Up to 200 billion machines and sensors will be connected to the Internet of Things within the next five years, creating an unprecedented need for low robust wireless network solutions.
While LPWANs like Sigfox and others have been gaining momentum (and have enjoyed significant media coverage), it is important that we don’t forget the deployed technologies that we have in place, especially those that are readily available and cost effective.
Small cell mobile networks already exist in major markets, and they help to bring improved connectivity to the edge of existing macro networks, serving smaller pockets, especially in rural and urban areas. With the increasing adoption of IoT machines and sensors, small cell technologies have the potential to increase network penetration without compromising data speeds or power usage for existing and emerging devices.
How Small Cell Can Benefit IoT Connectivity and M2M Functionality
One major challenge for emerging IoT focused networks has been data speed and latency. While many of the emerging LPWANs have succeeded in maximizing battery life for sensors and devices, most are still limited when it comes to data packet size and transmissions per day.
Cellular networks are ubiquitous in every major market, and even in emerging markets in Asia, Africa, and the Middle East. This ubiquity is beneficial for carriers. IoT operators, and end users, because it means that there are readily available cellular networks that offer high reliability with relatively low cost.
With increasing small cell deployment, carriers will be able to;
- Achieve network penetration in remote areas or indoors in urban environments.
- Provide high bandwidth connections over LTE networks.
- Overcome latency problems with emerging 5G specifications (< 1ms).
- Support consumer, commercial, and industrial devices from a single network architecture.
Why Is Bandwidth and Latency So Important for IoT?
With the number of deployed devices increasing in the millions per year, communications, data processing, and storage requirements are increasing exponentially. In use cases such as large scale building automation, driverless vehicles, and even smart home devices, the machine to machine (M2M) bandwidth needs are reaching unprecedented levels. Complex sensor arrays can generate terabytes of data in a matter of minutes or hours, and it is often that the data needs to be passed back and forth between different devices within a single location, or even off to satellite sites, the cloud, or remote servers. To facilitate this, operators need reliable connections with strong signal integrity, significant bandwidth, and low latency. All of which can be provided by small cells on larger mobile networks.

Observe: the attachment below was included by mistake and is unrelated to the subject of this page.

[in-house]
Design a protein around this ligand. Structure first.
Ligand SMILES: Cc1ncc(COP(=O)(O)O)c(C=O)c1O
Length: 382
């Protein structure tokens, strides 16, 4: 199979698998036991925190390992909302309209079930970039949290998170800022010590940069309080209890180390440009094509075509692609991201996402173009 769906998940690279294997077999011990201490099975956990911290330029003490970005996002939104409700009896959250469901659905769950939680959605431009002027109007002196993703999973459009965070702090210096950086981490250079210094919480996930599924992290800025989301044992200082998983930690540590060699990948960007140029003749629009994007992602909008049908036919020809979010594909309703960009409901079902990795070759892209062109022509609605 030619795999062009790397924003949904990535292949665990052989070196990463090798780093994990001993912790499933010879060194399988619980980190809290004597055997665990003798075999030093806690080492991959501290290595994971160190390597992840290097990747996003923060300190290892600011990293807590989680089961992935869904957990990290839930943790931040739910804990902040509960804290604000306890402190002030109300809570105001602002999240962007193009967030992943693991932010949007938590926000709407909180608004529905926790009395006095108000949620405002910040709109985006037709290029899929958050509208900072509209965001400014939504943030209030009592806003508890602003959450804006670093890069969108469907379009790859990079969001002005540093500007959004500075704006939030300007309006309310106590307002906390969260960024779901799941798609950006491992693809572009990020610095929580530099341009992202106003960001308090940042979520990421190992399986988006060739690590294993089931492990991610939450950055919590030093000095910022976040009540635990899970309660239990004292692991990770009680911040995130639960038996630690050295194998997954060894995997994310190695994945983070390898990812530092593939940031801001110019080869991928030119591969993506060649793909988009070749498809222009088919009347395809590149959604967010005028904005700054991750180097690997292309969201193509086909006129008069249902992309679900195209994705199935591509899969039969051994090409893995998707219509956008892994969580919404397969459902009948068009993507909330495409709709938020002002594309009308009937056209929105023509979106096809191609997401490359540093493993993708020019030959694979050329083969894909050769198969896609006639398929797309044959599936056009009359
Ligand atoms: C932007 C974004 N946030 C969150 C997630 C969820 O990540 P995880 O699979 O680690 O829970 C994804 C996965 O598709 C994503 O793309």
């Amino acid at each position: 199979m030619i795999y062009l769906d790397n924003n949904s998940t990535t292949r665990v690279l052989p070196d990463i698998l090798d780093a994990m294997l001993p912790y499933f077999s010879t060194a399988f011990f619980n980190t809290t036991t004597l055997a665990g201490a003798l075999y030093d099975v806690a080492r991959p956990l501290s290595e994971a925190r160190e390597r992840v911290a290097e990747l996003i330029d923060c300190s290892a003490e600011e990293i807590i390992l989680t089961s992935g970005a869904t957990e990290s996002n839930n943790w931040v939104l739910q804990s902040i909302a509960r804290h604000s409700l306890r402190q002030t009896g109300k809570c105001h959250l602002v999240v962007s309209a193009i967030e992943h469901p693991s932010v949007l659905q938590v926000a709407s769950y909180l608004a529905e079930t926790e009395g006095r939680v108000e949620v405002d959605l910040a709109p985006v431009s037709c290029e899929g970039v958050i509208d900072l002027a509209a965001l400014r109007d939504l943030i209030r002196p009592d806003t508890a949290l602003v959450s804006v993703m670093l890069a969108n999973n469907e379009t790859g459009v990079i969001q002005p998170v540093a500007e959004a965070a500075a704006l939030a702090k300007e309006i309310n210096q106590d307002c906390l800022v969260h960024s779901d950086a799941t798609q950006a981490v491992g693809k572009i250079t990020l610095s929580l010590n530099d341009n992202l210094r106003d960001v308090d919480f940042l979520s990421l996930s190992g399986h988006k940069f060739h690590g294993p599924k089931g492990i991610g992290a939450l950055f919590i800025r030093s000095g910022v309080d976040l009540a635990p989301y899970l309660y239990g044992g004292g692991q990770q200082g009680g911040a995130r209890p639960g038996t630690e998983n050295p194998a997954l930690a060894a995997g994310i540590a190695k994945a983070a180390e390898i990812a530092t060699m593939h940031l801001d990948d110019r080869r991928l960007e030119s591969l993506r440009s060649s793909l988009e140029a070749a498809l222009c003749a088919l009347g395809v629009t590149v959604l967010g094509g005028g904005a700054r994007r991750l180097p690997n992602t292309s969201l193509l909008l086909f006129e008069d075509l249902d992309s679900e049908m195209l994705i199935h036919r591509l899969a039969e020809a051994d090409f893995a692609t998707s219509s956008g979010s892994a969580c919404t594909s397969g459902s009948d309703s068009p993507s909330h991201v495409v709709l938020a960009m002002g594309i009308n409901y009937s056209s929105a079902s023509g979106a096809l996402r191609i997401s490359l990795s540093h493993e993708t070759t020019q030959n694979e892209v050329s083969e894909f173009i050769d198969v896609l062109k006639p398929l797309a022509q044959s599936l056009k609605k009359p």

Small Cell Networks Already Exist, Offering a Readily Available Solution
It is clear that demanding operators can’t rely on low bandwidth, low power network solutions, which is why small cell architecture is so appealing. Existing networks use a combination of small cell and large cell architecture, known as heterogeneous network design. This allows for consistent network coverage, regardless of whether devices are closer to a macro site, or on the edge of a cellular network.
Infrastructure companies like Huawei, Alcatel Lucent, and Ericsson have made small cell networks a significant aspect of their cellular network strategies, so deployment and coverage is will only expand in the near future. Couple this with the fact that we are right around the corner from 5G networks (lower latency and higher bandwidth), and it becomes clear that small cell will be a significant factor in IoT expansion and M2M communication in the coming years. Because devices won’t be limited by throughput, there is potential for greater innovation in the devices that will become available, increasing the benefits they can provide in consumer, commercial, and industrial environments.
Another Piece of the IoT Network Puzzle
Small cell networks provide solutions where edge network and interior building coverage is necessary. They allow for reliable connectivity between different environments within a coverage area, which is essential for devices that are portable or that are in constant motion. There is support for high bandwidth and low latency over LTE, and capabilities are expected to increase with the deployment of 5G. These benefits increase network reliability and facilitate smooth M2M communication.
Even though cellular networks are not the most power efficient wireless networks, and aren’t targeted towards low powered sensors, they do represent the most compelling option for high demand use cases where operators are unwilling to compromise on network performance.
Any challenges using small-cells in M2M applications? We would love to hear your comments, feel free to add them below or tweet them to us @kadenzSearch